BIG SPRING - Howard County Commissioners stopped short of saying they want to bring an underground nuclear storage facility to the area. In a meeting on Monday morning, Commissioners said they were open to learning more about the idea but only on their terms.
Former City Councilman Troy Tompkins made a presentation to Howard County Commissioners about the possibility of bringing an underground nuclear storage facility to Howard County. He says it's not an idea that should be ruled out right away.
County Judge Mark Barr feels everything should be looked into before shutting the idea down of a possible nuclear storage facility.
"I don't want to slam the door on anything that might help Howard County in the future but there is no way that we have enough information to make a decision," Barr said.
Judge Mark Barr has concerns about bringing a nuclear storage facility to Howard County.
Former City Councilman Troy Tompkins wanted the county to sign a non-binding letter simply agreeing to pursue more information about the possible site but the County didn't bite.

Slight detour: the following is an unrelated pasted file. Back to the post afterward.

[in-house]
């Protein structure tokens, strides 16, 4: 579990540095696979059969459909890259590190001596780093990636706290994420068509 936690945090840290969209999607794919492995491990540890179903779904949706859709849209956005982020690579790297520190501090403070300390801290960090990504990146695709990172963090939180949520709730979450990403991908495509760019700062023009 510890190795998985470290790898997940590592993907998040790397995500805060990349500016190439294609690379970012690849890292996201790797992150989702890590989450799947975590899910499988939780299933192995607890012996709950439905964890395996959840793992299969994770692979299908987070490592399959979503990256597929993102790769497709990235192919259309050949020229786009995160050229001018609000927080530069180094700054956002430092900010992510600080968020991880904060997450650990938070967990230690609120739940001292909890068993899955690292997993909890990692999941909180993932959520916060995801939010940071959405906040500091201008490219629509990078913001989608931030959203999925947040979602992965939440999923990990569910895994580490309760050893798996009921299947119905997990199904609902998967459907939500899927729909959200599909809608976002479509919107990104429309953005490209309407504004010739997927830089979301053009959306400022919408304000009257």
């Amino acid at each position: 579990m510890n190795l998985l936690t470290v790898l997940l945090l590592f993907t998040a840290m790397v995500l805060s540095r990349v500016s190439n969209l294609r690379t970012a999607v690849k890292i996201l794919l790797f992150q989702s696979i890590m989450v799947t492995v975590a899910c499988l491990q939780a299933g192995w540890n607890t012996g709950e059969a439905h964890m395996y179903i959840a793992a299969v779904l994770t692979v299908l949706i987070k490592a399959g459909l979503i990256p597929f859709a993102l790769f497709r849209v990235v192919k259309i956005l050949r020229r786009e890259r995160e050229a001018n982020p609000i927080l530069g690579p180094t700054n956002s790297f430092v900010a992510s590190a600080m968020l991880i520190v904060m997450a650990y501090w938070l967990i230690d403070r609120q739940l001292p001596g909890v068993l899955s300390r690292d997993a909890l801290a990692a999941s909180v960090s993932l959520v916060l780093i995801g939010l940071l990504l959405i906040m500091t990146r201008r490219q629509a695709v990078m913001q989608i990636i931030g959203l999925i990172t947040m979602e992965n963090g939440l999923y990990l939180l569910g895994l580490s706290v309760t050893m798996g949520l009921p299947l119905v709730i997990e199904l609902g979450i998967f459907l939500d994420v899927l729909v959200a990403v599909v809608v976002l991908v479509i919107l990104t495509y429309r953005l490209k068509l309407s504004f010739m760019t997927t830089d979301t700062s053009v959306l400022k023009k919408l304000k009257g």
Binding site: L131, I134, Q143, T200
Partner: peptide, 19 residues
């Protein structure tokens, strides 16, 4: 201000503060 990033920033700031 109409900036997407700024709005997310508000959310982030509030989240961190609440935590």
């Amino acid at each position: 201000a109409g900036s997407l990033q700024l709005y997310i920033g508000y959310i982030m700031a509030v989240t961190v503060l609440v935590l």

"If they got serious about it, there's one thing about the county saying 'yea, we want to talk about it,' but how serious are the developers wanting to talk about it, how serious are they, where are they in this time process," Barr said.
Judge Barr thinks the developers should approach the County about the idea but Tompkins thinks Howard County Commissioners should be the ones to make the first move, if they're interested in learning more about a nuclear storage facility.
"This is a consent based process which means it's up to host communities to approach the state, to approach the Federal Government to seek to be considered," Tompkins said.
Three other states including New Mexico have expressed interest in hosting an interim or permanent nuclear waste storage site, an investment of $154 million.
According to Barr, he feels the county should not be the only party committing to express interest. Tompkins feels it would be in the interest of everyone to get more information on the possible nuclear site.
"It would be advantageous for the residents to make an informed decision. The only way you can make an informed decision is to seek more information and that's where we are at now is seeking more information," Tompkins said.